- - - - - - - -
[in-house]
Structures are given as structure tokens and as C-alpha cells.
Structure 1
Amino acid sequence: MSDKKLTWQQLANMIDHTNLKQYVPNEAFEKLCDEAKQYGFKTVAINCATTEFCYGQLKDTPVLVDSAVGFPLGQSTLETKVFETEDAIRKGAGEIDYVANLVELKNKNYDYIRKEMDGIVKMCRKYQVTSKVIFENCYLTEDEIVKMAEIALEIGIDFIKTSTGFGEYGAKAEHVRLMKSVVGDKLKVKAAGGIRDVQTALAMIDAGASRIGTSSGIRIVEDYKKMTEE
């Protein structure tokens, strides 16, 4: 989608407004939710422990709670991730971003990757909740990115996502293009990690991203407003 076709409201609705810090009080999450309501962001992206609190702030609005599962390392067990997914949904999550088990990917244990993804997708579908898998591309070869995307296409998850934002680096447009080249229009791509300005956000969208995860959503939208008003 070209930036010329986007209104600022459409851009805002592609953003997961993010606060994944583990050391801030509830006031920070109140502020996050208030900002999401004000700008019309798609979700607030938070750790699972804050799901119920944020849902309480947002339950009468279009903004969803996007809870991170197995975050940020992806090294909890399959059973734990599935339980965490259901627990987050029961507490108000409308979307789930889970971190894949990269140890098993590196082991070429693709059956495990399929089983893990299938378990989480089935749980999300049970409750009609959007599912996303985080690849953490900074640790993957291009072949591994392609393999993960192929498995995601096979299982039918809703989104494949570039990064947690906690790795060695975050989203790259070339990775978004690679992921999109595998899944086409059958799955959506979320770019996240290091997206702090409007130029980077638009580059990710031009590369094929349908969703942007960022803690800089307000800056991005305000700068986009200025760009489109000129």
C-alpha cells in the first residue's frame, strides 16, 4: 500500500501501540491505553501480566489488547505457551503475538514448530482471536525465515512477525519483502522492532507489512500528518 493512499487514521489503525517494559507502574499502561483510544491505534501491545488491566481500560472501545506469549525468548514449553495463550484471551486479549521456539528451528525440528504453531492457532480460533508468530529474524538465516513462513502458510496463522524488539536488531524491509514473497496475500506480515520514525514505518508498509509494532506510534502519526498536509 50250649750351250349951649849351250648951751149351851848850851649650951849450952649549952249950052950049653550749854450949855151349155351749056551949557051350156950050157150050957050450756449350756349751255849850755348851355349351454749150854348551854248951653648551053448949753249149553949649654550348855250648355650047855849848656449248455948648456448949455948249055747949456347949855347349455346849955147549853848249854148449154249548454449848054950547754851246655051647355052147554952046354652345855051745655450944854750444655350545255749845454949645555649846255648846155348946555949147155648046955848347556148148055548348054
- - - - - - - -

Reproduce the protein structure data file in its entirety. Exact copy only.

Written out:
[in-house]
Structures are given as structure tokens and as C-alpha cells.
Structure 1
Amino acid sequence: MSDKKLTWQQLANMIDHTNLKQYVPNEAFEKLCDEAKQYGFKTVAINCATTEFCYGQLKDTPVLVDSAVGFPLGQSTLETKVFETEDAIRKGAGEIDYVANLVELKNKNYDYIRKEMDGIVKMCRKYQVTSKVIFENCYLTEDEIVKMAEIALEIGIDFIKTSTGFGEYGAKAEHVRLMKSVVGDKLKVKAAGGIRDVQTALAMIDAGASRIGTSSGIRIVEDYKKMTEE
């Protein structure tokens, strides 16, 4: 989608407004939710422990709670991730971003990757909740990115996502293009990690991203407003 076709409201609705810090009080999450309501962001992206609190702030609005599962390392067990997914949904999550088990990917244990993804997708579908898998591309070869995307296409998850934002680096447009080249229009791509300005956000969208995860959503939208008003 070209930036010329986007209104600022459409851009805002592609953003997961993010606060994944583990050391801030509830006031920070109140502020996050208030900002999401004000700008019309798609979700607030938070750790699972804050799901119920944020849902309480947002339950009468279009903004969803996007809870991170197995975050940020992806090294909890399959059973734990599935339980965490259901627990987050029961507490108000409308979307789930889970971190894949990269140890098993590196082991070429693709059956495990399929089983893990299938378990989480089935749980999300049970409750009609959007599912996303985080690849953490900074640790993957291009072949591994392609393999993960192929498995995601096979299982039918809703989104494949570039990064947690906690790795060695975050989203790259070339990775978004690679992921999109595998899944086409059958799955959506979320770019996240290091997206702090409007130029980077638009580059990710031009590369094929349908969703942007960022803690800089307000800056991005305000700068986009200025760009489109000129």
C-alpha cells in the first residue's frame, strides 16, 4: 500500500501501540491505553501480566489488547505457551503475538514448530482471536525465515512477525519483502522492532507489512500528518 493512499487514521489503525517494559507502574499502561483510544491505534501491545488491566481500560472501545506469549525468548514449553495463550484471551486479549521456539528451528525440528504453531492457532480460533508468530529474524538465516513462513502458510496463522524488539536488531524491509514473497496475500506480515520514525514505518508498509509494532506510534502519526498536509 50250649750351250349951649849351250648951751149351851848850851649650951849450952649549952249950052950049653550749854450949855151349155351749056551949557051350156950050157150050957050450756449350756349751255849850755348851355349351454749150854348551854248951653648551053448949753249149553949649654550348855250648355650047855849848656449248455948648456448949455948249055747949456347949855347349455346849955147549853848249854148449154249548454449848054950547754851246655051647355052147554952046354652345855051745655450944854750444655350545255749845454949645555649846255648846155348946555949147155648046955848347556148148055548348054